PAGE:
Our ongoing series where we dig through the archives to bring you some old school gems that are still relevant today. This entry comes from the March 2008 issue of IW.

We want to do two things on the job at the same time: build organization and improve conditions. We could do these separately. For instance, we could build organization with no plan to improve conditions, like setting up a poker night or a knitting circle. Or we could try to improve conditions without building organization, by bribing or kissing up to the supervisor. Neither of those has much to do with being a union. Being a union means union builds organization by improving conditions, or improves conditions by building organization.

To build organization and improve conditions we have to take actions on the job. Action is the oxygen of a union. We start off by taking the existing informal organization on the job — the current relationships and communication and level of agitation — and directing this against the boss in the form of an action.

In planning an action, pick an issue that people care about. Ask, “who has the power to change this issue?” For instance, the nightshift supervisor in the receiving department at a factory probably can’t control the health insurance plan or introduce a new health plan. But they can control how they enforce policy on bathroom breaks and how respectfully they treat employees.

List the issues people want improved and who has control over each issue. List the lowest level boss with decision-making power on each issue. Generally speaking, the lower they are on the food-chain, the less it will take to make them do what you want. This is important early on when you only have a small group. Five people in one department probably won’t win much for all 100 people in the plant. But they could win improvements in that department that can be used to recruit more people in order to take on bigger issues and do more outreach. That’s building organization.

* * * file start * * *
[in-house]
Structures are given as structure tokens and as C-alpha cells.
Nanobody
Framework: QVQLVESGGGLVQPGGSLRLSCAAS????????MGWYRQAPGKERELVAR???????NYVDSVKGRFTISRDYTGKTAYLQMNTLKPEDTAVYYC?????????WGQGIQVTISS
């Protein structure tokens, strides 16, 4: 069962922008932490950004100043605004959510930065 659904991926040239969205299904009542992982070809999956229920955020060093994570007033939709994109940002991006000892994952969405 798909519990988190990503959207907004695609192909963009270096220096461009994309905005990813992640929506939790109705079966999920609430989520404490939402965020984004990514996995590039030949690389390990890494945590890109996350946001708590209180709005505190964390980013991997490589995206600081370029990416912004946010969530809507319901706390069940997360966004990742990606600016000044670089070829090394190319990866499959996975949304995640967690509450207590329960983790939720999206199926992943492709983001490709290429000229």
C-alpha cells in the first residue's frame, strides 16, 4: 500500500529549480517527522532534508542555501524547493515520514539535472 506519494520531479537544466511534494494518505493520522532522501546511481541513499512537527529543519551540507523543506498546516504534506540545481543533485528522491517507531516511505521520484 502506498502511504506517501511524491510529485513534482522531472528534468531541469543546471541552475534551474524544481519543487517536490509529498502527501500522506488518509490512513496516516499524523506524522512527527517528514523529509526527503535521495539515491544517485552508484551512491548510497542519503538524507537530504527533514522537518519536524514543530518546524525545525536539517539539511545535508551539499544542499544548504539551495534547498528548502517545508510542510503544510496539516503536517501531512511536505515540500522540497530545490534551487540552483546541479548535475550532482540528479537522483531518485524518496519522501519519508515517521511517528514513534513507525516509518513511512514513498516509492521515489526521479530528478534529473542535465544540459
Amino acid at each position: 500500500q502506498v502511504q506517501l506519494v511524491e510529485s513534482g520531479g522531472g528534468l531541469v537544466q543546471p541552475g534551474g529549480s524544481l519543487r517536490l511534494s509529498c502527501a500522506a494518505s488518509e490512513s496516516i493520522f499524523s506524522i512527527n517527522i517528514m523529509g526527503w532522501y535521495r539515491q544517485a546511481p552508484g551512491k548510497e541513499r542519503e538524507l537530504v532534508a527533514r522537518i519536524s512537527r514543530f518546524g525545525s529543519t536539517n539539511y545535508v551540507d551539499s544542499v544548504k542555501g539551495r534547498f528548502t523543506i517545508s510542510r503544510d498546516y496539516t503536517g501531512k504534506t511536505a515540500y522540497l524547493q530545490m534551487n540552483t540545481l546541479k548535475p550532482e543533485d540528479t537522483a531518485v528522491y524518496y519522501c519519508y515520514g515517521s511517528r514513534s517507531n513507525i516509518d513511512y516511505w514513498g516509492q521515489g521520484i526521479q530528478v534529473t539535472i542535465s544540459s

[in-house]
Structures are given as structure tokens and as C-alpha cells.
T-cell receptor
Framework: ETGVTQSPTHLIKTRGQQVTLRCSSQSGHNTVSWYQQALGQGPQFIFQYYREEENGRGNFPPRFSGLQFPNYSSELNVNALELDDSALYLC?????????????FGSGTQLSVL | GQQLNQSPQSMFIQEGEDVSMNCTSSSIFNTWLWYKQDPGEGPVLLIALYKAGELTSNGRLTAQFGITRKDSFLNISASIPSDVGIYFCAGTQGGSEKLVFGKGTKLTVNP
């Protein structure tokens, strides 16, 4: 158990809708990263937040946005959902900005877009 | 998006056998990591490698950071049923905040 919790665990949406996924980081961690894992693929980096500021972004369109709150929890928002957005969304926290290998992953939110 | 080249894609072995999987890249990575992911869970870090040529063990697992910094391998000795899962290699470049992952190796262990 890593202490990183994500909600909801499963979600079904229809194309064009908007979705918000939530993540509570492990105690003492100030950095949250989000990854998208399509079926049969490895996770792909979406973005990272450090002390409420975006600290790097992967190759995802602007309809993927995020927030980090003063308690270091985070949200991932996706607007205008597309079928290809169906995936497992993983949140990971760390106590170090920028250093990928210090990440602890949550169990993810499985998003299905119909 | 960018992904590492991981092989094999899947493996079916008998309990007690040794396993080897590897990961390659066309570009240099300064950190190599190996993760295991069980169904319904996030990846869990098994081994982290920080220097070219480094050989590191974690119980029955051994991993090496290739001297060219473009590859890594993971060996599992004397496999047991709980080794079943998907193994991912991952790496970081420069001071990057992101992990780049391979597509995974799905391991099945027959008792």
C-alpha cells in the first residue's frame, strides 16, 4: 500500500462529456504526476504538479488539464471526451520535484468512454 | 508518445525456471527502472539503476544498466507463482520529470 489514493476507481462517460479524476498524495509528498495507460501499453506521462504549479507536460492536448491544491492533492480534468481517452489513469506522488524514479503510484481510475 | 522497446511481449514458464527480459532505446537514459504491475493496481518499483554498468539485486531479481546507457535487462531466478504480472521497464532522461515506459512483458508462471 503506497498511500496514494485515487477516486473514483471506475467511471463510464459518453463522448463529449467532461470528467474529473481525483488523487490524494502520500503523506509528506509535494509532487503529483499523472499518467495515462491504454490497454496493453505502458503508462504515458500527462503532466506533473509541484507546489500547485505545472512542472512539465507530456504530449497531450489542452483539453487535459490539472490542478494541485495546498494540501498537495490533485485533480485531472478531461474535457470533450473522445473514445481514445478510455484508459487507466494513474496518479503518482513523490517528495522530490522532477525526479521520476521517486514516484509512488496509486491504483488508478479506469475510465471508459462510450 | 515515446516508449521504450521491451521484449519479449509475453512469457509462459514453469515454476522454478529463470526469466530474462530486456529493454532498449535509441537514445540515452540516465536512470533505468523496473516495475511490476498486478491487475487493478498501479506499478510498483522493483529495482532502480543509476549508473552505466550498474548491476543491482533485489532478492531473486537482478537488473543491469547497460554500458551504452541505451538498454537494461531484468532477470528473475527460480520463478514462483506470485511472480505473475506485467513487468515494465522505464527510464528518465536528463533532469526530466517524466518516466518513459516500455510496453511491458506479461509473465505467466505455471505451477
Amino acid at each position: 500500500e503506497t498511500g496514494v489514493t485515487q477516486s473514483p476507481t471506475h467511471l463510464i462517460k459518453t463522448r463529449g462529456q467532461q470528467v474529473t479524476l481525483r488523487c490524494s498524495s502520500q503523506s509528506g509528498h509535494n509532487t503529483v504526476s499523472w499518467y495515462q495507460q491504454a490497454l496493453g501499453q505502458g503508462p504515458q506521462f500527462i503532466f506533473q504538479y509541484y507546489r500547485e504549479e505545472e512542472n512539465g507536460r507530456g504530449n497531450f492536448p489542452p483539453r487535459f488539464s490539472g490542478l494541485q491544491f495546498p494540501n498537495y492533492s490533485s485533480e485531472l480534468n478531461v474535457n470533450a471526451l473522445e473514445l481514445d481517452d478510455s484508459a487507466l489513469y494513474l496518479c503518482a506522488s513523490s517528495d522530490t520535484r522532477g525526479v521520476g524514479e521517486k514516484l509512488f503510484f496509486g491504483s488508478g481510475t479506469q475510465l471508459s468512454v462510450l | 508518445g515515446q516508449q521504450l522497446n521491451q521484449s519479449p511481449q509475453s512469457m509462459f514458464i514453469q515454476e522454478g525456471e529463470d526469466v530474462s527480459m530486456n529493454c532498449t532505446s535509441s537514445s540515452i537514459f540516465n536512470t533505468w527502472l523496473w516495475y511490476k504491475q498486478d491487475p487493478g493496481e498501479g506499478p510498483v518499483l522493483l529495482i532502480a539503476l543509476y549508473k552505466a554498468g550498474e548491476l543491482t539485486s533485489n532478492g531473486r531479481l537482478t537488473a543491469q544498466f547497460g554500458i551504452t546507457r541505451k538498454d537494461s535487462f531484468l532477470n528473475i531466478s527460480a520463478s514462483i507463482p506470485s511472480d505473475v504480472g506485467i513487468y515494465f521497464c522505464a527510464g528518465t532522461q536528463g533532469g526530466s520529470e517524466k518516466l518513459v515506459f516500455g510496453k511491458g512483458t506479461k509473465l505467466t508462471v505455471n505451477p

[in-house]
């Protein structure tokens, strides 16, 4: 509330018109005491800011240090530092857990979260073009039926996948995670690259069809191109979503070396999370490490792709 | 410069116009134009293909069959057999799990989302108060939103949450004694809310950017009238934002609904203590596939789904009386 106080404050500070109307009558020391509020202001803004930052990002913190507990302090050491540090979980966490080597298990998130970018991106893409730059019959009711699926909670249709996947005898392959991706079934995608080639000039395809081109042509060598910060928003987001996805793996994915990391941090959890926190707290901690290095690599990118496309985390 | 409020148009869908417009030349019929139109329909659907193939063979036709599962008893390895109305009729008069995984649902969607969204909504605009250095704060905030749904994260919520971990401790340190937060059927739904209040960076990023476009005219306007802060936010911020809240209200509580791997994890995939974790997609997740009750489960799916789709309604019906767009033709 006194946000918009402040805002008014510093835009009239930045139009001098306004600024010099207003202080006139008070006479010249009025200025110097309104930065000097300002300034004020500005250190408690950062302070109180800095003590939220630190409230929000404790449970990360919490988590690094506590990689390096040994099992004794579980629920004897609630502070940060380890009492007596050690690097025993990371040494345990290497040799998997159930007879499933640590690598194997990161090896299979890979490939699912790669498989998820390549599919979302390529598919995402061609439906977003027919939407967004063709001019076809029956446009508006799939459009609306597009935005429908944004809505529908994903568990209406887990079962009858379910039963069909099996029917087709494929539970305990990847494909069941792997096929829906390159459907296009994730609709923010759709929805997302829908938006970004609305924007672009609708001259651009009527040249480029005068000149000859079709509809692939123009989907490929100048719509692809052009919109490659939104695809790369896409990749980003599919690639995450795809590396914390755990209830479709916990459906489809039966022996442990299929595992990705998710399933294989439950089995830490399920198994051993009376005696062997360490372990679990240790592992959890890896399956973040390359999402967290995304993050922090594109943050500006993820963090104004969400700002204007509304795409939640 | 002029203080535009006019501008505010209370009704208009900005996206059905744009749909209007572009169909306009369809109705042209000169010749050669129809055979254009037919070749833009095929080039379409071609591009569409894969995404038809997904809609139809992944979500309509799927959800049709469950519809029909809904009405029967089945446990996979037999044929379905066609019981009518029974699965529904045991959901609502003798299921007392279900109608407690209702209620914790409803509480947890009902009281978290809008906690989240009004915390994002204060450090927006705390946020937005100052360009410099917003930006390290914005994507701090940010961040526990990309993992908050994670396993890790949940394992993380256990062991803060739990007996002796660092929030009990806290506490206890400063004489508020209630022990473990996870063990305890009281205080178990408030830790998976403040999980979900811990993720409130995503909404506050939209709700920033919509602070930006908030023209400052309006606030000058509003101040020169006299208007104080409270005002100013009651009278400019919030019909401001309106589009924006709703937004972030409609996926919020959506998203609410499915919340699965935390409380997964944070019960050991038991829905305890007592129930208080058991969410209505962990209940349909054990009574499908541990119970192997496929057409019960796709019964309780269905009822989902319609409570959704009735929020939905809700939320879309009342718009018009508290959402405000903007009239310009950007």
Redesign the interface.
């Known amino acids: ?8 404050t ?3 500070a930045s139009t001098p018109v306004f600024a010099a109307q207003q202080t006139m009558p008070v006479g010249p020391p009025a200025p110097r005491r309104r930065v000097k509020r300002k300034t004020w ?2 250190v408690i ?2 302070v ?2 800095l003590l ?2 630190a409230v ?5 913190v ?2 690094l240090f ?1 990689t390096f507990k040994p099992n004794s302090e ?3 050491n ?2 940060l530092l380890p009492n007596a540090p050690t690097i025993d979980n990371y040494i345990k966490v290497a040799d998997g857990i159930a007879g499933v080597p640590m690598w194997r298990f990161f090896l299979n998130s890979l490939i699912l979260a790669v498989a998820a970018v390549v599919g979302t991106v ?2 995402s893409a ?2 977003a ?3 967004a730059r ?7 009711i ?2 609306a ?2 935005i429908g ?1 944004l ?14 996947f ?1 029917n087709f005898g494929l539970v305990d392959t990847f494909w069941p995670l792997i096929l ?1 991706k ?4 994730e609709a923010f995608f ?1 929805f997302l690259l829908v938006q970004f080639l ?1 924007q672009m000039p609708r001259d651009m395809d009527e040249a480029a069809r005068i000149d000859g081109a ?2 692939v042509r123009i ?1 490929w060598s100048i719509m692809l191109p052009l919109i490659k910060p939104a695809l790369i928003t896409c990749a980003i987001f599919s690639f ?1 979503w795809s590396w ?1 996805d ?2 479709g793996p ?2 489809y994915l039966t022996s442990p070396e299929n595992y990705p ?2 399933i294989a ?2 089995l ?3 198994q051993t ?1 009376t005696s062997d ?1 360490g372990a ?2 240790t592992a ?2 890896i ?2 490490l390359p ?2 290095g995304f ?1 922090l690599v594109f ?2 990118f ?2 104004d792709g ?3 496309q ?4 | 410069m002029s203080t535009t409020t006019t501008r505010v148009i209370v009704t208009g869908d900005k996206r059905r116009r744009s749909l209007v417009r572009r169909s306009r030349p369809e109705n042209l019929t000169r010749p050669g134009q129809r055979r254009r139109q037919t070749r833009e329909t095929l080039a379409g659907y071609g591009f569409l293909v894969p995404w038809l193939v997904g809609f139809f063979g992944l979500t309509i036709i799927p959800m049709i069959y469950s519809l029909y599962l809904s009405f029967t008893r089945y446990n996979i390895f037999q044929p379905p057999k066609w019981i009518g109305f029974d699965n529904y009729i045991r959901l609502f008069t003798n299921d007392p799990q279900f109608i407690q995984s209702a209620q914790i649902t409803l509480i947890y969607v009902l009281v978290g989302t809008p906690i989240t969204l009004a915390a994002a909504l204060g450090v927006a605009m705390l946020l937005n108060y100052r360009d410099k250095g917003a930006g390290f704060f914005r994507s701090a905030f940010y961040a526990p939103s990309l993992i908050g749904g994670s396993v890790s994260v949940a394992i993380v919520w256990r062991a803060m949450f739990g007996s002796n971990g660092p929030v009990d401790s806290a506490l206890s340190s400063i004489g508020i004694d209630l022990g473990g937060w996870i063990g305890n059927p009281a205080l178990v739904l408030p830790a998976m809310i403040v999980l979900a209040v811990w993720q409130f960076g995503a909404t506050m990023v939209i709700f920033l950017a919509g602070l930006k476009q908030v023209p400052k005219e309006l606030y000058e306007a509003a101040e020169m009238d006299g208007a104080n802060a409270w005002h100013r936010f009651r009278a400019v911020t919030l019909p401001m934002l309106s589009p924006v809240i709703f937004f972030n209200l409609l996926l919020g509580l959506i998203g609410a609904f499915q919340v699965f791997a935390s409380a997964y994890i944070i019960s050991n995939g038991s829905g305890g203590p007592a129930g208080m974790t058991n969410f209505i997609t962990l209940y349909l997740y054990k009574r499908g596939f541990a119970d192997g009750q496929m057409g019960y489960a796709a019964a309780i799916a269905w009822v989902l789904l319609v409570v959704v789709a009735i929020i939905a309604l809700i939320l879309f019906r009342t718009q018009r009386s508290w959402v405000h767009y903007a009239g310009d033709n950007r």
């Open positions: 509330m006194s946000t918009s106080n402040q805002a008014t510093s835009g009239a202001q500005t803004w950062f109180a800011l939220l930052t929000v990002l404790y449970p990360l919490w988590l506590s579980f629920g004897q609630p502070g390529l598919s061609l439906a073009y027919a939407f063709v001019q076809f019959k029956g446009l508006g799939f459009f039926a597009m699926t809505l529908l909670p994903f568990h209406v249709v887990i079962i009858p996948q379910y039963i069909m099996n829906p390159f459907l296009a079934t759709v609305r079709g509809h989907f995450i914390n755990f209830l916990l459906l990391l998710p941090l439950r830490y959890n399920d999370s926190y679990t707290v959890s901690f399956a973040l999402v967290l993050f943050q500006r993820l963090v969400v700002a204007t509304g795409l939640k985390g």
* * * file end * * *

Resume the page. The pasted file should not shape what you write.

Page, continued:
Early in a campaign it’s useful to focus on what could be called emotional actions or emotional pressure. Here’s what I mean: work is a headache for us, and to a lesser degree it’s a headache for our bosses. Generally it’s more of a headache for the boss the lower they are on the food-chain at work. Emotional action is when we offer our boss a choice: make work less of a headache for us or we will make work more of a headache for the boss. This is easier the lower the level of the boss. If the boss is a supervisor we see everyday, then they will care more about our opinions and how we treat them.

When we collectively confront the boss about the conditions that make our lives unpleasant, we give the boss an unpleasant experience. Think of this as sharing the wealth of misery that our jobs give us. By giving the boss a taste of their own medicine, making the boss take a helping of what our jobs force on us, we can start to force the boss to make small improvements on the job. That in turn helps us explain to our coworkers that we can improve our jobs by organizing together, and that if even more people get involved we can win even bigger improvements.

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